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I have always been a woodworker. Twelve years old oblivious to the fact that with every chip taken by my hand was also a letter set in type for a book on how to live my life. The religion, the process, the being…created for each other by each other and bound to each other as one.

These assignments are always fully intriguing as they are opportunities to meld personal ideology and methodology with that of existing and sometimes ancient ideology and methodology.  An interesting relationship between the pursuit of avant-garde art and the past arrises.  Is it possible?  How can one be truly innovative by using methodology and ideology of the past?  Does it even matter? Who is the judge? Questions sprang from each other like hindering weeds. Those questions marinated in my subconscious for a few weeks.

Having a prompt to create a work is something that helps in being concise. The concept becomes an integral part tied to form, function and aesthetic and ultimately leads to a more successful work. After a couple of angst filled and indecisive months spent packing my brain with Japanese art imagery something became apparent.  The buddhist mandala was a frequently occurring image. It only took a few minutes of research to realize that this was what the project needed to be.  A task towards enlightenment.

The history of the mandala is rich and varied containing deep figural and metaphorical intricacies. The intricacies are almost overwhelming to a westerner.  Making sense of the metaphorical and figural imagery contained in even the simplest mandala would require a degree on its own.   As mentioned before to answer the questions asked there needed to be a concise and simple approach. Deciding to focus on only a few mandala specific methods and ideals should lead to concise answers. Tibetan sand mandalas are created as a meditation activity in and of itself and when manifested used as a tool for meditation.  The mandala becomes fully encapsulated by the mind, the tiniest detail can be called and referenced.  Although not japanese the idea really resonated. The tool becomes the maker and the maker becomes the tool.  It comes full circle.  The creation of the work and the manifestation of that are one creating a harmonious blissful like nirvana ending suffering and giving validation to works created by such a doctrine. The process, works and creator are one and the outcome on an extrospective level may become irrelevant.  In satisfying their duties to each other in accordance with a path towards enlightenment they will never be wrong, corrupt or irrelevant in respect to one another.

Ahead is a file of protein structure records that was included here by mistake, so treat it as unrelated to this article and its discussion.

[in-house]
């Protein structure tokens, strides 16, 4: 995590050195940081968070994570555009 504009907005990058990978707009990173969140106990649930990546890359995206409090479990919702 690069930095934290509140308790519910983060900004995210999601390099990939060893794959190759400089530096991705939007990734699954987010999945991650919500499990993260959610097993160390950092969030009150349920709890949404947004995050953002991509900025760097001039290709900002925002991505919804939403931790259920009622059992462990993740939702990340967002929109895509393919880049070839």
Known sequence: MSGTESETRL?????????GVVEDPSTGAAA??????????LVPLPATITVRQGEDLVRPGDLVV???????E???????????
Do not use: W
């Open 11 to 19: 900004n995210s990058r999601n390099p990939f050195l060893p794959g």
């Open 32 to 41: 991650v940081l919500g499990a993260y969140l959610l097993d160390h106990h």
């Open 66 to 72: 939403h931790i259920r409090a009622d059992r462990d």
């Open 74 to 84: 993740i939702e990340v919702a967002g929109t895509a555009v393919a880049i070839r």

I lay in bed at night thinking about the day spent in the studio before that. Visualizing process, form and functionality if the case. Contemplating decisions made and decisions to make. Realizing that some decisions are best left unforced and set aside.  As with woodworking you cannot have a forceful hand.  The wood will not be forced it is to be worked, massaged, set aside, revisited and ultimately things will just fall into place.  The point being, when problems arise in my life I should try and take a woodworking approach to problem solving.  The project became very transitive and transparent. Clarity and validation that showed me what I had been doing my whole life was more than just making sawdust and something pretty.  I was molding my being.

Starting with the center I worked outwards as instructed.  Deciding what to cast in the center is an important decision.  So I set the problem aside and absorbed myself with other works.  Stumbling upon a gyroscope video online was, to me, somewhat divine in nature.  Arising at a problem and contemplating a solution over a few weeks is different than forcing the issue.   The answer usually finds you faster than you can find it.   The gyroscope was a perfect fit for the center of what was going to be a three dimensional kinetic mandala. A tool, an instrument, used as a vessel to nurture meditation.  A gyroscope is a microcosm of universal bodies at work. The laws it obeys are the same laws the universe obeys.

After that it was a matter of designing sets of structural and aesthetic support. Using my minds eye as a drafting board a set of “gimbals” was imagined.   They are an integral part in the system. They house the precious center and keep it safe.  When outside forces are enacted upon the gimbals the gyroscope or center is allowed to make adjustments to remain in a constant centered state with regards to its axis. Aesthetic embellishments were added to the surfaces in order to provide abstracted imagery of iconic deities and to add ornamentation.














































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